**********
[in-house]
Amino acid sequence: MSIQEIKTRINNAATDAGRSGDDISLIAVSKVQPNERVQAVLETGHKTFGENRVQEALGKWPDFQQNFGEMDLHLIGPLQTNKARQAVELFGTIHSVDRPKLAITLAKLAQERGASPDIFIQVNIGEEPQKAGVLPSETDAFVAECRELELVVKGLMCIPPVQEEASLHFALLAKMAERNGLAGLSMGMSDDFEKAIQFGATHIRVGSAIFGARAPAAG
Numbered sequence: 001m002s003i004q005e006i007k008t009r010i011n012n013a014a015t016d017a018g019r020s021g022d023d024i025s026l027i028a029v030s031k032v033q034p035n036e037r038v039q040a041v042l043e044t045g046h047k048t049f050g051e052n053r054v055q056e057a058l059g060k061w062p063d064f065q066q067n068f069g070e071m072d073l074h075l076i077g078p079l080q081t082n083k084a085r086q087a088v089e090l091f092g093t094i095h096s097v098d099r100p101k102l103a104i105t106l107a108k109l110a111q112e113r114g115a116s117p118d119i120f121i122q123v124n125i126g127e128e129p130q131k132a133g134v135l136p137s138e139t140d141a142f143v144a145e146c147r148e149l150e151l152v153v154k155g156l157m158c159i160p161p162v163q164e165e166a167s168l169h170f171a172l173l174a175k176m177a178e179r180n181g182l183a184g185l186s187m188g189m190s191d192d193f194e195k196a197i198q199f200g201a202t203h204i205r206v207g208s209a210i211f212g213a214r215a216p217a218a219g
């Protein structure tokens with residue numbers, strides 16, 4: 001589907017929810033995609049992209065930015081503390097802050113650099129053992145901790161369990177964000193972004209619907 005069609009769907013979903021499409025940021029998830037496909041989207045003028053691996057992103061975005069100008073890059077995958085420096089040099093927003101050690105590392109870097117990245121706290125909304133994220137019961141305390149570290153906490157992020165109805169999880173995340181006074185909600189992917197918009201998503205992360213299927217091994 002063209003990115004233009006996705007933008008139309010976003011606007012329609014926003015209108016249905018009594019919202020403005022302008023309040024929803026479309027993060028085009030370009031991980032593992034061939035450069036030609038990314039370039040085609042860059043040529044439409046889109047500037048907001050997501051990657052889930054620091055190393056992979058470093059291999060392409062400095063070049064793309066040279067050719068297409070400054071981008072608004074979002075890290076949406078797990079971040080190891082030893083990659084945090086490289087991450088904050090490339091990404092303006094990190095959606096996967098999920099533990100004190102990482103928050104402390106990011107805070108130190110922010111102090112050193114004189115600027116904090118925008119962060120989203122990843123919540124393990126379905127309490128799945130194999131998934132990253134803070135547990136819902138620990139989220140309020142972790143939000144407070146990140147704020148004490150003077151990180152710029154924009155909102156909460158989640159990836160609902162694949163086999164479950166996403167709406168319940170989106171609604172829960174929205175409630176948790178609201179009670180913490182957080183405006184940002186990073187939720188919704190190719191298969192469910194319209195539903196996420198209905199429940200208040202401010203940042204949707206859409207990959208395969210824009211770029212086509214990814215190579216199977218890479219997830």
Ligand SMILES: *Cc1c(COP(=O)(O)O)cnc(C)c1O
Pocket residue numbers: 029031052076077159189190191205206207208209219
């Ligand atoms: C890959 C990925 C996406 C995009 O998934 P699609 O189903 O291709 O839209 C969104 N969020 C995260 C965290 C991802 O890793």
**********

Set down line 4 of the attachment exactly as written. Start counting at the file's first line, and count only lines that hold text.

């Protein structure tokens with residue numbers, strides 16, 4: 001589907017929810033995609049992209065930015081503390097802050113650099129053992145901790161369990177964000193972004209619907 005069609009769907013979903021499409025940021029998830037496909041989207045003028053691996057992103061975005069100008073890059077995958085420096089040099093927003101050690105590392109870097117990245121706290125909304133994220137019961141305390149570290153906490157992020165109805169999880173995340181006074185909600189992917197918009201998503205992360213299927217091994 002063209003990115004233009006996705007933008008139309010976003011606007012329609014926003015209108016249905018009594019919202020403005022302008023309040024929803026479309027993060028085009030370009031991980032593992034061939035450069036030609038990314039370039040085609042860059043040529044439409046889109047500037048907001050997501051990657052889930054620091055190393056992979058470093059291999060392409062400095063070049064793309066040279067050719068297409070400054071981008072608004074979002075890290076949406078797990079971040080190891082030893083990659084945090086490289087991450088904050090490339091990404092303006094990190095959606096996967098999920099533990100004190102990482103928050104402390106990011107805070108130190110922010111102090112050193114004189115600027116904090118925008119962060120989203122990843123919540124393990126379905127309490128799945130194999131998934132990253134803070135547990136819902138620990139989220140309020142972790143939000144407070146990140147704020148004490150003077151990180152710029154924009155909102156909460158989640159990836160609902162694949163086999164479950166996403167709406168319940170989106171609604172829960174929205175409630176948790178609201179009670180913490182957080183405006184940002186990073187939720188919704190190719191298969192469910194319209195539903196996420198209905199429940200208040202401010203940042204949707206859409207990959208395969210824009211770029212086509214990814215190579216199977218890479219997830």